These are a few fatal flaws of why the idea box often fails. RIP idea box. Fortunately, we’re living in a time where there are better solutions and expertise out there on how to succeed with bottoms-up ideation campaigns to power the direction of your organization.
How to Run Ideation Campaigns that Generate Real Value
A good idea ideation campaign should have the following:
- A well-structured challenge. Something that people can get their minds around, and framed at just the right level. If the challenge is too high a level, creative thinking will be all over the place. If it’s framed at too low a level, it will be very concrete but may cut o non-obvious paths to new solutions.
- The possibility to build on one another’s ideas. Its best to share ideas with everyone. This will help build excitement and awareness, as well as spur new followup ideas from others. You can accomplish this by posting ideas physically, or more appropriately with a geographically spread-out team, virtually. Mechanisms can be the organization’s internal website, email updates, or by using a digital platform for this purpose.
- Closed feedback loops. As an ideator you put time and energy into submitting your idea. Of course you want to know what happens with it. You want feedback – is it valuable for solving the challenge or not? How will the organization proceed with my idea? You need to be smart about how to set this up since it can be a tedious process if the volume of ideas are large. But it’s absolutely crucial in fostering an innovative culture.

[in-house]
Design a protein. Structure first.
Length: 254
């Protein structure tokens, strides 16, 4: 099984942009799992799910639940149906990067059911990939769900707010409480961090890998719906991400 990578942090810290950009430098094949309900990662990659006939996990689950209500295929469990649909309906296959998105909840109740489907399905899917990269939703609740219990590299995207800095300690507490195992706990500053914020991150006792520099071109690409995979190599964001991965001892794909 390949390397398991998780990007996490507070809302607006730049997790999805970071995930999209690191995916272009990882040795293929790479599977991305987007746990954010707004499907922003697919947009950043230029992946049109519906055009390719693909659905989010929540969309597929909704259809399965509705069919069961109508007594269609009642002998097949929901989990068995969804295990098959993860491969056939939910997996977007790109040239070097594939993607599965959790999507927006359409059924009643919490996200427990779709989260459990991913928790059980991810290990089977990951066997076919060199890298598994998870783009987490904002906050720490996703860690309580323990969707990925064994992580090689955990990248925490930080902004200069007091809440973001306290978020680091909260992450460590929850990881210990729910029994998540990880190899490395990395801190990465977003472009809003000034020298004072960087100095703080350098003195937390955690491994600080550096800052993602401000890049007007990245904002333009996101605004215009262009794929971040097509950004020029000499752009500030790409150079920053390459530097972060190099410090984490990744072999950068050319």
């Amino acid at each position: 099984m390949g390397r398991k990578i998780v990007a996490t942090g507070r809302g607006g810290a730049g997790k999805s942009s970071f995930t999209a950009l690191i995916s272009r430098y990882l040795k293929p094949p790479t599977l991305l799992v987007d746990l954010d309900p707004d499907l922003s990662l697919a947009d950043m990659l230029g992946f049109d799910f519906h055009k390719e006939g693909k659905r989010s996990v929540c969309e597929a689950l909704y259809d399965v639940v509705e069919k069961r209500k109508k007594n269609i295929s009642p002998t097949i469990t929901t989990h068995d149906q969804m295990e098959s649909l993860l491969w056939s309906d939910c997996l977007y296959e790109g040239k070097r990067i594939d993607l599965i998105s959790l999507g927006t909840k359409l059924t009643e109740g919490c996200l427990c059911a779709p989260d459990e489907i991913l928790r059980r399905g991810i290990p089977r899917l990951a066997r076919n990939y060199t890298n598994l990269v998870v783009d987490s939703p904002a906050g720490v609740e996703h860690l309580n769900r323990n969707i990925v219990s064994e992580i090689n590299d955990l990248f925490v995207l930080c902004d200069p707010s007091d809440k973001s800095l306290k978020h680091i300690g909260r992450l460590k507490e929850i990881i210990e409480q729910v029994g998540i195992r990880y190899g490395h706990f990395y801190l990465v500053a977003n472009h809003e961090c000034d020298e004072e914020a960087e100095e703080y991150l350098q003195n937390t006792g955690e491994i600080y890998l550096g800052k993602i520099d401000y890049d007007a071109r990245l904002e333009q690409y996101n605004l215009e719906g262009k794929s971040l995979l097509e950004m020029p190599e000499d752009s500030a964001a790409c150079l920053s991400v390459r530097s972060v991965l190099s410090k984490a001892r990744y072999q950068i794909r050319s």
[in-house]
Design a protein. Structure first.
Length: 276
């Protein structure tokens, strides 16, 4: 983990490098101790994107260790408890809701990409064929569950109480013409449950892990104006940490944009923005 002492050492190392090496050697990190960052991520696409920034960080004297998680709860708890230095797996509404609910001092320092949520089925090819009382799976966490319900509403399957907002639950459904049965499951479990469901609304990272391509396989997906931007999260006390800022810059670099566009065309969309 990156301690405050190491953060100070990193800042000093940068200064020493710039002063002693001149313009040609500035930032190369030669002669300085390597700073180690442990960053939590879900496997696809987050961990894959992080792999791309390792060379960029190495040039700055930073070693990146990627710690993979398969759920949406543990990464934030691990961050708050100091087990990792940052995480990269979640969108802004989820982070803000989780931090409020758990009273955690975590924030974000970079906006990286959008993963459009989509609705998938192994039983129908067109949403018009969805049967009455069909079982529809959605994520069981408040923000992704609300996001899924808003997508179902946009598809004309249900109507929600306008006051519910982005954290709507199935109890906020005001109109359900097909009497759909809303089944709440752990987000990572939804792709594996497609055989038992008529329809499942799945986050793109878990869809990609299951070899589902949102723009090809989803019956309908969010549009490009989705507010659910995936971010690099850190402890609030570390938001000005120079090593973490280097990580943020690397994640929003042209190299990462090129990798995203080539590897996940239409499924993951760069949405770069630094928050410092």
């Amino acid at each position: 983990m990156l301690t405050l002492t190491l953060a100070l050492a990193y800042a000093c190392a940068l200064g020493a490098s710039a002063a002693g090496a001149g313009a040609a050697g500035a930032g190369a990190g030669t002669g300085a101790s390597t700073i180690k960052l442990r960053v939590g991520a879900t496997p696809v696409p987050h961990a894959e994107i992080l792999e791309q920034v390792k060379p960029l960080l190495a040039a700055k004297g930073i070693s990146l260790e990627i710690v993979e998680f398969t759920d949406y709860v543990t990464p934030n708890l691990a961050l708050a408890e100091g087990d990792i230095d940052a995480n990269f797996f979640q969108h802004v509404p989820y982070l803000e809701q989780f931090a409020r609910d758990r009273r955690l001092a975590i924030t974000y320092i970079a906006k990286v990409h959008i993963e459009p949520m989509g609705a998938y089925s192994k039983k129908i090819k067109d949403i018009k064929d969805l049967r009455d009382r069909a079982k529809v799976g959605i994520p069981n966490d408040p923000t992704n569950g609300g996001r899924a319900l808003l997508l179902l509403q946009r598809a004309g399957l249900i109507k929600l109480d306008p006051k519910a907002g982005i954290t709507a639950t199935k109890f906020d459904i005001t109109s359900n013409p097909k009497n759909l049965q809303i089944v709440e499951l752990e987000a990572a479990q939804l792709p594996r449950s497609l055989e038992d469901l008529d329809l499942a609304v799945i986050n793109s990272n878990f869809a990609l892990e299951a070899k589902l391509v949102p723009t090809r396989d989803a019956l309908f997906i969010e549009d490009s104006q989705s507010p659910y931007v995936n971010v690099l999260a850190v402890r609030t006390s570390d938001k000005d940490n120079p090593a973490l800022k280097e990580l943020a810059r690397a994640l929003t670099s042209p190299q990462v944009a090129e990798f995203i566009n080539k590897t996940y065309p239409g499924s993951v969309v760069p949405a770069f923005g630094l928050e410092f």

- A mechanism that allows the submission of ideas at any time, from anywhere. Ideation is not a linear process and ideas come at the most random times. By running ideation campaigns over longer periods of time and through a digital platform, participants have more freedom to participate when it suits them. This means that participation and engagement increase.
- Global collaboration. Global is the new local. The web and digitalization bring completely new ways of collaborating across borders, that is fantastic for our ideation campaigns that generate value. By having people from different countries, teams, and backgrounds collaborate, we benefit from a greater diversity of ideas.
Taking ideas forward
Collecting ideas is fairly simple, but what really matters is making something out of them. To do this, you need a clear sponsor with resources to spend on it and a proper process to cluster ideas, connect hypotheses to the clusters, and design experiments to test the hypotheses. Only after this process do we have data and learnings to make informed decisions on which ideas to move into our project portfolio for further development.
All organizations can innovate, and good ideas can come from anyone. Successful organizations figure out how to do ideation for future business ideas in parallel with running their core business. We encourage you to unleash the creative potential from all players in your ecosystem, including employees, partners, and customers. But you can only be successful if you try. Start by running a pilot campaign, learn lessons, and scale it up the next time.
This blog post was Co-authored with Peet Van Biljon and originally posted in Innovation Leaders magazine Pointers June Edition (https://www.innovationleader.com/pointers/)